Every time a new smartphone or tablet comes out we ache to see more cores, faster frequencies, better graphics, more RAM, and increased storage space. All this comes at a cost: run time. For years we’ve been asking for improvements in battery life to better meet the needs of our always-on, media-intensive lifestyles. Why can’t battery technology improve at the same pace as other electronics? If the science holds true, we might be poised to see such an advancement thanks to a special formulation of lithium and sulfur.
The batteries in our smartwatches have around 300 mAh capacity and our smartphone have a little more than 2,000 mAh. Neither are enough for us to stray too far from a charger for very long. That’s using lithium polymer (LiPo) batteries, which feature energy densities of around 150 to 200 W·h/kg. Lithium-sulfur batteries, on the other hand, have reached up to 500 W·h/kg. Put another way, lithium-sulfur can pack twice as much energy in the same space as LiPo.
Researchers at the Lawrence Berkeley National Laboratory have been working on an advanced lithium-sulfur (Li-S) cell that offers a compelling combination of energy storage, recharge speed, and survivability – all of which are necessary for any battery technology to be successful.
Most of the time we focus on how much power can be stuffed into a battery. That’s great, but you’ve also got to consider how much time a battery can hold its charge without “phantom discharging” – losing power without anything using it. Capacitors are famous for this sort of behavior, they charge up quickly, but they discharge almost as fast, even if you’re not “using” them in the traditional sense.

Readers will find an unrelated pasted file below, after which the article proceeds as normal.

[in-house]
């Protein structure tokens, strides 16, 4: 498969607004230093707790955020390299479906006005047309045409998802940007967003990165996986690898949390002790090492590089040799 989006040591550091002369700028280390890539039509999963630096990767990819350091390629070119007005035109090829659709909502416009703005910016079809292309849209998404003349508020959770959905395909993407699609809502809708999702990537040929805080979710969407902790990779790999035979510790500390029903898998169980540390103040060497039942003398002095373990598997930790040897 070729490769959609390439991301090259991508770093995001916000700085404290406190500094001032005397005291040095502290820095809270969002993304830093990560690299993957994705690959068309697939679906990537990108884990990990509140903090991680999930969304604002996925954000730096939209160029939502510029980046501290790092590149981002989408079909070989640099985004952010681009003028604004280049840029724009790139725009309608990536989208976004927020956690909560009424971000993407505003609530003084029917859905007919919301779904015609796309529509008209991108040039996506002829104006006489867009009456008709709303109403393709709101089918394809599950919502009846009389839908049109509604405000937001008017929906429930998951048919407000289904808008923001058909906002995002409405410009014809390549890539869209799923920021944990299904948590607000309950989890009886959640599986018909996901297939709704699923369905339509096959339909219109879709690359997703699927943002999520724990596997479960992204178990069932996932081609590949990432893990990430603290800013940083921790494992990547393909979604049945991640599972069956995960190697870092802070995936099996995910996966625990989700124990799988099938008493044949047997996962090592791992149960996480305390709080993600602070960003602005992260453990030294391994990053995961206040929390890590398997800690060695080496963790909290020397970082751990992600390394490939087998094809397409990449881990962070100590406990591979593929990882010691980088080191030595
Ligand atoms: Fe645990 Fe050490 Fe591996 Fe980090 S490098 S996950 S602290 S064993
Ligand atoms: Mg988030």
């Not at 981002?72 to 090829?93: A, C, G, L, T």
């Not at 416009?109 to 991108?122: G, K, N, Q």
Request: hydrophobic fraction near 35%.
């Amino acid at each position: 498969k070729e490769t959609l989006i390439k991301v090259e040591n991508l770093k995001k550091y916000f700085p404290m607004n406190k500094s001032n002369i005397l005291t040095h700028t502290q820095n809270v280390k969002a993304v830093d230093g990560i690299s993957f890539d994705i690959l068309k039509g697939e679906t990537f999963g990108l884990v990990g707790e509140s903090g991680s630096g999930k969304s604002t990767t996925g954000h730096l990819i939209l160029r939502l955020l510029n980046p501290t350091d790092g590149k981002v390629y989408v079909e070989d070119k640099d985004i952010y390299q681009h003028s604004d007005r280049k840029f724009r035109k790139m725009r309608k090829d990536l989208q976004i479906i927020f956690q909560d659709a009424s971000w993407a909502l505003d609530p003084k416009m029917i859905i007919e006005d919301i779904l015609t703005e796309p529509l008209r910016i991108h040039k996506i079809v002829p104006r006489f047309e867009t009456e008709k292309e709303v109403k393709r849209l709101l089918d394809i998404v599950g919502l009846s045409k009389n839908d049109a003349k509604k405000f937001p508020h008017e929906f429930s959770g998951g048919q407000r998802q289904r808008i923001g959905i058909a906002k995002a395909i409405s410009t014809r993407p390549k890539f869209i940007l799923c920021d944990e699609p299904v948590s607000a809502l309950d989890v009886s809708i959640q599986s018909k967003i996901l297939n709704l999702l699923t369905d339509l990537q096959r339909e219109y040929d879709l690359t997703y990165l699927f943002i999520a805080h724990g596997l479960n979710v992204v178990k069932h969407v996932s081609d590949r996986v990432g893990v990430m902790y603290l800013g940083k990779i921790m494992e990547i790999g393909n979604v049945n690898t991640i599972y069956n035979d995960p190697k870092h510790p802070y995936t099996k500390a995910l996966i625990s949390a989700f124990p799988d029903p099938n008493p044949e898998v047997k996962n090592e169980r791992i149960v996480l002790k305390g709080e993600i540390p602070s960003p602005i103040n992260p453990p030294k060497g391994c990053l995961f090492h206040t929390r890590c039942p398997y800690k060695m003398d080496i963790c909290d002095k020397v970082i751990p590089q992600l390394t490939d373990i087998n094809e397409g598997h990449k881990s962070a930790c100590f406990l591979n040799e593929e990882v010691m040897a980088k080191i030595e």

Lithium-sulfur batteries essentially double the power capacity over other lithium ion type batteries because two electrons are produced each time a molecule is processed through the lithium-sulfur technology.
Another factor to consider is recharge speed. A battery that takes a very long time to charge can be quite frustrating, so batteries that power our mobile devices need to be able to recharge relatively quickly.
Because lithium-sulfur deals with two electrons at a time, rather than just one, recharge times can theoretically be halved as well.
Sometimes called “durability”, survivability in a battery refers to how many times it can be charged and discharged before it loses its ability to store energy. Some battery technologies are better at this than others, and it’s a challenge that lithium-sulfur still has to overcome.
The first challenge for lithium-sulfur is the way that sulfur combines with lithium. When it does so, it forms several different compounds that crystallize and effectively “gum up” the battery’s insides. As you can imagine, this prevents energy from flowing, and a battery without energy flow isn’t very useful.
The second challenge for lithium-sulfur is a nasty tendency to crack due to the stress of repeated cycling. Initial lithium-sulfur batteries couldn’t survive much more than a few dozen charge/discharge cycles – far too few to be considered a viable alternative in our smartphones.
To address these issues scientists are working on various ways to construct cathodes to prevent them from cracking and to keep the lithium-sulfur compounds from crystallizing. The research is paying off. Charge/discharge cycles have reached into the 500s before the carrying capacity of the battery is halved.
Sure, lithium-sulfur still has a way to go, but hopefully we’ll start seeing sulfur in our batteries before too long!